While still on the mother's womb a baby's lungs are not needed to supply oxygen because the baby receives its oxygen via the mother's lungs and placenta. Since a baby's lungs do not provide any oxygen, there is no need for energy to be expended pumping blood to the lungs. The ductus arteriosus is a blood vessel that is present in all babies while still in the womb that allows blood to bypass the pathway to the lungs; it allows blood to flow from the pulmonary artery to the aorta.
When the baby is born and the umbilical cord is cut, the lungs are now needed to supply oxygen. The lungs expand, their blood vessels relax to accept more flow and the ductus arteriosus usually closes within the first hours of life. On occasion, however, the ductus arteriosus does not close on its own and this is referred to as a patent ("patent" means open) ductus arteriosus (PDA). While this condition is much more often seen in premature babies, it may also appear in term infants.
The symptoms of PDA depend on the size of the ductus and how much blood flow it carries. After birth, the pressures and resistance are much tighter in the aorta than the pulmonary artery, so if a ductus arteriosis is present, blood will flow from the aorta into the pulmonary artery. This extra blood flow into the lungs can overload the lungs and put an additional burden on the heart to pump this extra blood. This situation may not be well tolerated in a premature baby who already has problems related to immaturity of the lungs themselves. These babies may need more support from the ventilator and have symptoms of congestive heart failure.
A newborn with a patent ductus arteriosus, may have:
However, if the patent ductus arteriosus is not large, it may cause absolutely no symptoms at all and may be detected only upon further evaluation of a heart murmur. Even in the absence of symptoms, the turbulent flow of blood through the patent ductus arteriosus puts a person at a higher risk for a serious infection known as endocarditis.
Because of turbulent blood flow from the high pressure aorta to the low pressure pulmonary artery, a PDA causes a characteristic heart murmur that is heard on physical exam. The presence of the characteristic murmur along with symptoms of heart failure in a premature infant most frequently leads to the diagnosis of patent ductus arteriosus. The chest X-ray will show an enlarged heart and evidence of an excessive amount of blood flow to the lungs (except in older children, where an x-ray may appear normal). An echocardiogram is performed to confirm the diagnosis. This will demonstrate the size of the ductus arteriousus and will demonstrate if the heart chambers have become enlarged due to the extra blood flow.
In a newborn, the PDA still has the potential to close on its own without intervention. Thus, in newborns, additional time may be allowed for this to happen if the heart failure can be easily managed. If symptoms are severe, such as in a premature infant, or if it is felt unlikely to close on its own, medical or surgical closure is pursued.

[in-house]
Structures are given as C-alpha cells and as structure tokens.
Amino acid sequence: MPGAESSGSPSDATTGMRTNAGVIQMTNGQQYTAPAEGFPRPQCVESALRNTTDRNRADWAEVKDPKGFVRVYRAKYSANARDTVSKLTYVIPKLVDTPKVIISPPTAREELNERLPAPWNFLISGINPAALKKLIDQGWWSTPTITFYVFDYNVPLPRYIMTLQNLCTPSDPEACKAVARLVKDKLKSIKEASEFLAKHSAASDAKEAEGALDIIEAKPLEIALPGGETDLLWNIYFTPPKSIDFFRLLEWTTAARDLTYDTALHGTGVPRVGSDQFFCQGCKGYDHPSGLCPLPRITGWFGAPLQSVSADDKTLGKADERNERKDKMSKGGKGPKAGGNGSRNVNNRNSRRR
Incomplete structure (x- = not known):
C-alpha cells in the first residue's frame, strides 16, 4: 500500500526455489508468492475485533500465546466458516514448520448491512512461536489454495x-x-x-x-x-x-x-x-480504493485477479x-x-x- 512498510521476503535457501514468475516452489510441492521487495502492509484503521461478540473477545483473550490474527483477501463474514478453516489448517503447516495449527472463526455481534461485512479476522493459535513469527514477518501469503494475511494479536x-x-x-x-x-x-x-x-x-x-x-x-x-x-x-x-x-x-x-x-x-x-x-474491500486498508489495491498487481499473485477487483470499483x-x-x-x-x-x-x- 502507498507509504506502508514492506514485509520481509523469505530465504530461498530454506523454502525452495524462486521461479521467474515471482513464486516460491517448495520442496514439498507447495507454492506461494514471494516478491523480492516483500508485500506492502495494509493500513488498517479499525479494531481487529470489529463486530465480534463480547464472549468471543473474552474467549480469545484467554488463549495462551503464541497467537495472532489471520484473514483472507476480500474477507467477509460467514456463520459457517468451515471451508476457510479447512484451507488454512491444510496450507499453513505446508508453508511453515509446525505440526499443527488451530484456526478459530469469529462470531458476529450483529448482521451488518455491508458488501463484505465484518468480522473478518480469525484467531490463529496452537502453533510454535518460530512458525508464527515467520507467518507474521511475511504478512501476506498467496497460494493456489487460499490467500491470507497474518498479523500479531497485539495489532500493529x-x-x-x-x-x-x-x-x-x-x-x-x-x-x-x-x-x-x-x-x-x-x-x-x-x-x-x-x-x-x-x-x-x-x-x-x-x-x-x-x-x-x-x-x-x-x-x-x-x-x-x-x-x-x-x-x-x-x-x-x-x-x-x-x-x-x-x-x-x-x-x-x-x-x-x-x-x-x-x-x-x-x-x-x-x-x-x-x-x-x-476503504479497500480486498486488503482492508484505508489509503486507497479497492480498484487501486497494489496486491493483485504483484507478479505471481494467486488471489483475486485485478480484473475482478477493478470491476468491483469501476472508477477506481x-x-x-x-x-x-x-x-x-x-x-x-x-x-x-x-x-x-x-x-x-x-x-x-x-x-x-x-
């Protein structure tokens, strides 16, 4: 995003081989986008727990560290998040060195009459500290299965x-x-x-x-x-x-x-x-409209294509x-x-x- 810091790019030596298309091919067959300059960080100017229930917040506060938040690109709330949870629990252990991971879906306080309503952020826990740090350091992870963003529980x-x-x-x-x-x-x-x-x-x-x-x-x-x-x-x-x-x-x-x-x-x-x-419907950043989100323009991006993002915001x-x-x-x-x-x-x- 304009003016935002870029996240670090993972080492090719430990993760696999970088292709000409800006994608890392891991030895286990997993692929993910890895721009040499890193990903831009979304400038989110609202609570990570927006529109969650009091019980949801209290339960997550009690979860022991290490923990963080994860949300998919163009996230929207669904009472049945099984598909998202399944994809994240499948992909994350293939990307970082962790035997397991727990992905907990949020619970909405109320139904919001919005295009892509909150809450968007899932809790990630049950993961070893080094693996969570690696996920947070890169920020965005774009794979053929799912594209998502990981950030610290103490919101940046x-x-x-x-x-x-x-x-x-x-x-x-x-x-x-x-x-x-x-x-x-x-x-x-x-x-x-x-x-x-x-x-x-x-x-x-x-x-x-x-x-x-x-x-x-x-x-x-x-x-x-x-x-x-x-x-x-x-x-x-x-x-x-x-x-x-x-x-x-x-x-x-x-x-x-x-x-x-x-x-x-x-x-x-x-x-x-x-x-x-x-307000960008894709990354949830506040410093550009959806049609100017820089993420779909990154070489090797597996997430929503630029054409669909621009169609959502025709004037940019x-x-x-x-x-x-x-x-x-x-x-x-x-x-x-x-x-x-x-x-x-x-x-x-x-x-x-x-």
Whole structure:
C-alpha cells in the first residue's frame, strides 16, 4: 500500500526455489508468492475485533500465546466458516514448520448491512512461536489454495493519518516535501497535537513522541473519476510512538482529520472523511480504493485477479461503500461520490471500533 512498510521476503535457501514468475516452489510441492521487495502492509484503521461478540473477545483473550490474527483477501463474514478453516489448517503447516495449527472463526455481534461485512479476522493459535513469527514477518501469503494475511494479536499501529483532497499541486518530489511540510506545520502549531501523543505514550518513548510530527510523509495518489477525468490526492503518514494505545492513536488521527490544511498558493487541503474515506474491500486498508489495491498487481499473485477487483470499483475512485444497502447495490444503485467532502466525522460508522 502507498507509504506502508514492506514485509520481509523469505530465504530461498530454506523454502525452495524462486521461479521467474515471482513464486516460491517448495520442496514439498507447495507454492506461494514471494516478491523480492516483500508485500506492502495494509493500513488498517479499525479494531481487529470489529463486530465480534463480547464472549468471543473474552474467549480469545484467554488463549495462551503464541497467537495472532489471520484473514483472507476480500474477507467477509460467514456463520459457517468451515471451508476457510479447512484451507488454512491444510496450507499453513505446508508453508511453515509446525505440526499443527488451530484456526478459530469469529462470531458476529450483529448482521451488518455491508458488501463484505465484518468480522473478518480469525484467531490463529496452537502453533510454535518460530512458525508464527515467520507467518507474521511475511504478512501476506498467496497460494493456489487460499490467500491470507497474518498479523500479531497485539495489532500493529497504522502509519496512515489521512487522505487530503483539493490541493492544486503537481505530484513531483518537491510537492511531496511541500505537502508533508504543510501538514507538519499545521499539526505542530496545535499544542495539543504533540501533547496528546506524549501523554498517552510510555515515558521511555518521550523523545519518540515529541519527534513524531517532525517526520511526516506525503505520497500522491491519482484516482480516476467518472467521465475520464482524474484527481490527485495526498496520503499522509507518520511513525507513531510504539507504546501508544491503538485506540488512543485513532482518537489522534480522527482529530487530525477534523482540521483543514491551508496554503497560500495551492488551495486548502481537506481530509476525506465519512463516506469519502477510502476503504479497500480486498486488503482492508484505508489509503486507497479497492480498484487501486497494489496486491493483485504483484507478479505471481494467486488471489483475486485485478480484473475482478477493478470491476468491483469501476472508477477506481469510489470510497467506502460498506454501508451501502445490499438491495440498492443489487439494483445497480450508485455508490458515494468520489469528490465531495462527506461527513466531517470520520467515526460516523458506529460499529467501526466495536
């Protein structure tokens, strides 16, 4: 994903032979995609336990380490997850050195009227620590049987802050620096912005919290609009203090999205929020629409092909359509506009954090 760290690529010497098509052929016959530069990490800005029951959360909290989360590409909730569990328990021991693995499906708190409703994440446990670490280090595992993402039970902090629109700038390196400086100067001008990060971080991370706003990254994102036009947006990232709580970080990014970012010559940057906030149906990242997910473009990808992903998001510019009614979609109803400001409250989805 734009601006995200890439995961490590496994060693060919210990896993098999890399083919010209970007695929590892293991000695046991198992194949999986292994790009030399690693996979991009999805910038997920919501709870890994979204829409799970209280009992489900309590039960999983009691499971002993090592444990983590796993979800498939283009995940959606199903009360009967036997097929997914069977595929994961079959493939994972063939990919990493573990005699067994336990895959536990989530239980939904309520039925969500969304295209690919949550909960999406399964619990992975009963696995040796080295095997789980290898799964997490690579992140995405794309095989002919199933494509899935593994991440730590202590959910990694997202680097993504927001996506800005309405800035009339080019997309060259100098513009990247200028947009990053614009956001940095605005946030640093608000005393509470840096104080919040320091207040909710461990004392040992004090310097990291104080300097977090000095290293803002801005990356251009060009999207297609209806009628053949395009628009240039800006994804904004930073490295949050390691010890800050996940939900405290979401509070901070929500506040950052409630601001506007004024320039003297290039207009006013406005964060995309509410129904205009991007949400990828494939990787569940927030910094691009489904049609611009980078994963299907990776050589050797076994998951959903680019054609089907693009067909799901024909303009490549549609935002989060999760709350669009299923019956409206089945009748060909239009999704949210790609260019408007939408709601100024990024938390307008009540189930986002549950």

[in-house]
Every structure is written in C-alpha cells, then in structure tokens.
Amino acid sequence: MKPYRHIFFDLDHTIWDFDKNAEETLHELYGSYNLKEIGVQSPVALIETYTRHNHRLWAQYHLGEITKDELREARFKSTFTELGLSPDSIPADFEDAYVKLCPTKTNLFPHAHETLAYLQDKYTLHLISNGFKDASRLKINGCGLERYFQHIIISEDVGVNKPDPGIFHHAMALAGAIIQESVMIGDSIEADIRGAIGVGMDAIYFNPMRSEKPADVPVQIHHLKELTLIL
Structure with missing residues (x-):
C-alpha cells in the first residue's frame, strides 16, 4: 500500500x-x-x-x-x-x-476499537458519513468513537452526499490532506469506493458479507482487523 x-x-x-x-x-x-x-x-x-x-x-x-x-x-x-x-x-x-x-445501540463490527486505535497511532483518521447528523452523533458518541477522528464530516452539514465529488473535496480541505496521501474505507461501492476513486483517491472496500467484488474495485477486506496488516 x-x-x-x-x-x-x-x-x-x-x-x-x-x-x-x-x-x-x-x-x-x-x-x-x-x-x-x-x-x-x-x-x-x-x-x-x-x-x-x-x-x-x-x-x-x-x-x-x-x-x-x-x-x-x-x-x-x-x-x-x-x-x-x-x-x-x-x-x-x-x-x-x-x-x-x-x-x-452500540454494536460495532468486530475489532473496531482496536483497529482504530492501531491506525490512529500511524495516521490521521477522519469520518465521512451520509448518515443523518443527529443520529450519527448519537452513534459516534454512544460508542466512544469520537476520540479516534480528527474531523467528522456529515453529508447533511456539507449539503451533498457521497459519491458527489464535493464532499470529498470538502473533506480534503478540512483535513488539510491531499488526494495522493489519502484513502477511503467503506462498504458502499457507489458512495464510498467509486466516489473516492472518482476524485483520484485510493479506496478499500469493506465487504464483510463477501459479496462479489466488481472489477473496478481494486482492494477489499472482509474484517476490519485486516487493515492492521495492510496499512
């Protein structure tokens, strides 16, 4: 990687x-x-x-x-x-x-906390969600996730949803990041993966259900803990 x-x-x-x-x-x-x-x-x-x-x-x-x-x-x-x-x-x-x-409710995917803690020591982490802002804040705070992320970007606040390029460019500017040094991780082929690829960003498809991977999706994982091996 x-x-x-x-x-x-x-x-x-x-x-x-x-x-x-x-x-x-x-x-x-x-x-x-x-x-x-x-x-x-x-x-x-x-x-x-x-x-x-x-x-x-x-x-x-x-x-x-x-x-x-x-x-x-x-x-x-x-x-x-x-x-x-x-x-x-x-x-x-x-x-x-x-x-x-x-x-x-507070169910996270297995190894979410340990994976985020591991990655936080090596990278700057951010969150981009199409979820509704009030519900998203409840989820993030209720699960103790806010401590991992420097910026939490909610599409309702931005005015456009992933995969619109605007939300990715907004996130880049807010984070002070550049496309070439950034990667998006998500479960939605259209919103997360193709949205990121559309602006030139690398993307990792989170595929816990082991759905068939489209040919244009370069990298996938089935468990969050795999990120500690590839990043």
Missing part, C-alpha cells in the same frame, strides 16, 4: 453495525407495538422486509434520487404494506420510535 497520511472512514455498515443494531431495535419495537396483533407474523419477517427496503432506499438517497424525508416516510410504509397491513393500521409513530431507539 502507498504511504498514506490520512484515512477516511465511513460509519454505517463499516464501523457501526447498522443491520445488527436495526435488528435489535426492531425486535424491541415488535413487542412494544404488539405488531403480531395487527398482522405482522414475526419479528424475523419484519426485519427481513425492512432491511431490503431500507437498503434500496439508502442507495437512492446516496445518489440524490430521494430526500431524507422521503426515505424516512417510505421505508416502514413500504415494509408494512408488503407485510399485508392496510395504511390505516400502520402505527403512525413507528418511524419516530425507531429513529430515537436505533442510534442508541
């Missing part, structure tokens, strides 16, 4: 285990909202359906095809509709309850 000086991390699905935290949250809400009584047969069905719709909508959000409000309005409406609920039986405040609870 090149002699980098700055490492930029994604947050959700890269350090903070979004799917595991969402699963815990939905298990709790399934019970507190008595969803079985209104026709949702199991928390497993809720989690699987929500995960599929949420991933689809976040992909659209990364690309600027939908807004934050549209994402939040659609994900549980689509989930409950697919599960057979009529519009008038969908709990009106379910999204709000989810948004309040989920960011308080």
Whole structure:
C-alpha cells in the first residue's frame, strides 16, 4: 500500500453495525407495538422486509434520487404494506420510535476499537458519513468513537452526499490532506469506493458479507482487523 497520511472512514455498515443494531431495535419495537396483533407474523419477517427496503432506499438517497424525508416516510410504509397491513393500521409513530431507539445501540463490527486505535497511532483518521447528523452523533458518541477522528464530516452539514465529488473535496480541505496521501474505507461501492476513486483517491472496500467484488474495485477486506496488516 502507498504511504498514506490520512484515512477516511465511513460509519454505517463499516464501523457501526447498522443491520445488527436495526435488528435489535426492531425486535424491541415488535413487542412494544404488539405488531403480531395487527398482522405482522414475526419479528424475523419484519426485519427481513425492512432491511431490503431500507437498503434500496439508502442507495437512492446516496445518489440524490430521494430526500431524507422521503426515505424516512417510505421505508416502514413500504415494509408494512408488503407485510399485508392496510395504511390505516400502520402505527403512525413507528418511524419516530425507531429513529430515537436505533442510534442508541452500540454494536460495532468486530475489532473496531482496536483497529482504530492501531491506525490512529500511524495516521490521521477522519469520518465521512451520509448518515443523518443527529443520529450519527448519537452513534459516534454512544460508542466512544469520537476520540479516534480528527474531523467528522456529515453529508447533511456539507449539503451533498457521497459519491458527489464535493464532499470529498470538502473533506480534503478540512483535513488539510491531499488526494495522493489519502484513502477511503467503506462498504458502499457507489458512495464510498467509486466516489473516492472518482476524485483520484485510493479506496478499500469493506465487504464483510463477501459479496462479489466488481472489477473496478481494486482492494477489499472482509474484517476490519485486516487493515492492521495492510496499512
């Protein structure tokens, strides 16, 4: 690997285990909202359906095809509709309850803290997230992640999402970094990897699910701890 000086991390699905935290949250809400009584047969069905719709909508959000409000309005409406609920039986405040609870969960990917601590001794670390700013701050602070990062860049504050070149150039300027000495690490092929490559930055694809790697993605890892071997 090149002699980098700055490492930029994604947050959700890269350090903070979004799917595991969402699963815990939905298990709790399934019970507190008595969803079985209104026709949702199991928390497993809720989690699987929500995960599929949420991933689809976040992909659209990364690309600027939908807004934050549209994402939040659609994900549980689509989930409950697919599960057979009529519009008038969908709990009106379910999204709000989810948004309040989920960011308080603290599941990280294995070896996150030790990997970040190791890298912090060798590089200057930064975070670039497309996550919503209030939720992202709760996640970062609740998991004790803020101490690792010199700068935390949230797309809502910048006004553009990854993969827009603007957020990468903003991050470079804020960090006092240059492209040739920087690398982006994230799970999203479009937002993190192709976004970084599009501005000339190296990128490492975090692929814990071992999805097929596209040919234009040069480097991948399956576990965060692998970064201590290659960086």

If a PDA is still present beyond the newborn period, it will generally never close on its own. Closure is recommended in such cases to prevent the future risk of endocarditis.
In newborns, a medication such as indomethacin or ibuprofen can be given. These medications are given in the stomach and can constrict the muscle in the wall of the PDA and promote closure. These drugs do have side effects, however, such as kidney injury or bleeding, so not all babies can receive them. Because of the potential side effects, the baby must have lab values checked before medications can be given. If the lab values are not normal or if the medications do not work, surgery can be performed and the PDA tied off (ligated).
Medications are generally only successful in newborn patients. In older infants and children, treaments include surgery or closure in the cardiac catheterization laboratory with a device or coil.
During the cardiac catheterization procedure, the patient is sedated and catheters are placed into blood vessels in the groin. The catheters are then fed to the heart and pictures are taken of the ductus arteriosus with dye (called an angiogram). Two methods can be used to close the ductus. If it is small, a coil may be placed within the vessel which will expand to block the blood flow. If the ductus is larger, a flexible device can be placed within the ductus as a "plug".
During surgery, a small incision is made between the ribs on the left side and the ductus arteriosus is tied and cut. Surgical closure of the patent ductus arteriosus can be performed at any age, and is specifically recommended in some situations such as a very large PDA or other unusual anatomy.
The risk of complications with any of these treatments is low, determined mostly by how ill the child is prior to treatment.
In some cases, having a patent ductus arteriosus can be a good thing. Some babies have heart defects that require the patent ductus arteriosus to remain open for them to survive. In some heart defects, such as pulmonary atresia (an underdeveloped or blocked pulmonary valve), the PDA supplies the only adequate source of blood flow to the lungs so that oxygen can be delivered to the blood. In these patients, the ductus arteriosus supplies blood to the lungs from the aorta.
In other anomalies, such as underdeveloped or severely narrowed aorta (like that seen in hypoplastic left heart syndrome), the PDA is crucial to allow adequate blood flow to the body. In these patents, the ductus arteriosus supplies blood to the body from the pulmonary artery.
Medication is given intravenously (IV) to keep the PDA open and requires the baby to be closely monitored in the intensive care unit. This allows stabilization of the newborn until more definitive treatment, usually surgical, can be carried out.